* EU Commission says not planning to warn Belgium
* Commission says has confidence in caretaker government
* Belgium faces tough economic choices as Germany slows
* Country struggles to form new government after over a year
(Updates with Commission rejection of report)
BRUSSELS, Sept 1 (Reuters) - The European Commission denied a newspaper report on Thursday that the EU planned to warn Belgium over its political impasse, adding it had full confidence in the country’s caretaker government.
“Contrary to what has been claimed in media reports today, there is no change in the Commission’s position,” Commission spokeswoman Pia Ahrenkilde Hansen told a daily news conference.
“The European Commission, as we have repeated on many occasions, has full confidence in the current caretaker government and that it will take the necessary decisions in the current context,” she said.
Belgian newspaper Le Soir said on Thursday that the Commission was due to issue the warning to Belgium when it released its September report on the financial situation of member states.
The Commission, the European Union’s executive body, said it was not planning to take any specific steps for Belgium.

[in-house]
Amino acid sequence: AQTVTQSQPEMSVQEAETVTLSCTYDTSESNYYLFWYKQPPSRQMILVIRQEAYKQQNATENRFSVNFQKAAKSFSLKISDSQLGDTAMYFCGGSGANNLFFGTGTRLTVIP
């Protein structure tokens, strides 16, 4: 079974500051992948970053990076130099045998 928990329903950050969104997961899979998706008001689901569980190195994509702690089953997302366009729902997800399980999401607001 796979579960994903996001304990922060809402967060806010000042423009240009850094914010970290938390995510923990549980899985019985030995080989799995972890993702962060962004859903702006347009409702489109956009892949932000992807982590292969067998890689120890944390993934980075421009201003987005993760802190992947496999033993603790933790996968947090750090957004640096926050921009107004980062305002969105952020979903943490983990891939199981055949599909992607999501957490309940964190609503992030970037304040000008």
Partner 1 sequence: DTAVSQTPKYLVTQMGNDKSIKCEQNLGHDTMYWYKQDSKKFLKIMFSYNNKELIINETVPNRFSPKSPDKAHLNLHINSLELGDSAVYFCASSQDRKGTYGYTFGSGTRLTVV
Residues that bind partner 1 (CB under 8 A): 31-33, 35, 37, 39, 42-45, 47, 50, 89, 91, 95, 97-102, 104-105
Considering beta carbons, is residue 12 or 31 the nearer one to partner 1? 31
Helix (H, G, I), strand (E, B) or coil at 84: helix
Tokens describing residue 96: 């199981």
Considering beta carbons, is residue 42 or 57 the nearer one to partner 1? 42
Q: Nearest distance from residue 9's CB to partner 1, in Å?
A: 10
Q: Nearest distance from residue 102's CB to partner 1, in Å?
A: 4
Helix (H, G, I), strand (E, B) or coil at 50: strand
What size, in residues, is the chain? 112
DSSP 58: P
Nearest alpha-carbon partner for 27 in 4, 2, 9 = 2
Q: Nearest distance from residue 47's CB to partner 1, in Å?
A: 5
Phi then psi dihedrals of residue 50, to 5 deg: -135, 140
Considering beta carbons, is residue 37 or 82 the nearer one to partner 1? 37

A caretaker government has been in charge in Belgium for over a year because political parties have been unable to agree on the future of the linguistically divided country, with Dutch-speaking leaders wanting more powers for Flanders.
Belgium’s central bank forecast in the spring that the country’s national output would outstrip euro zone growth in 2011, as it benefited from growth in Germany, a key export market.
However, the newspaper said that, with business surveys now pointing to a slowdown in Germany , Belgium would need to take painful budget-cutting measures as its public debt is almost as large as its annual economic output.
“Belgium will need to take significant structural measures, which cannot be decided by a caretaker government,” Le Soir said, citing an EU source.
“It’s about reforms which should allow a resurgence of economic growth. That’s why the Commission now will now raise the tone,” Le Soir quoted the EU source as saying.
The European Commission will publish new 2011 forecasts for economic growth and inflation on September 15, including individual figures for economies of the seven largest members. (Reporting by Philip Blenkinsop, Ben Deighton and Robert-Jan Bartunek, editing by Rex Merrifield/Ruth Pitchford)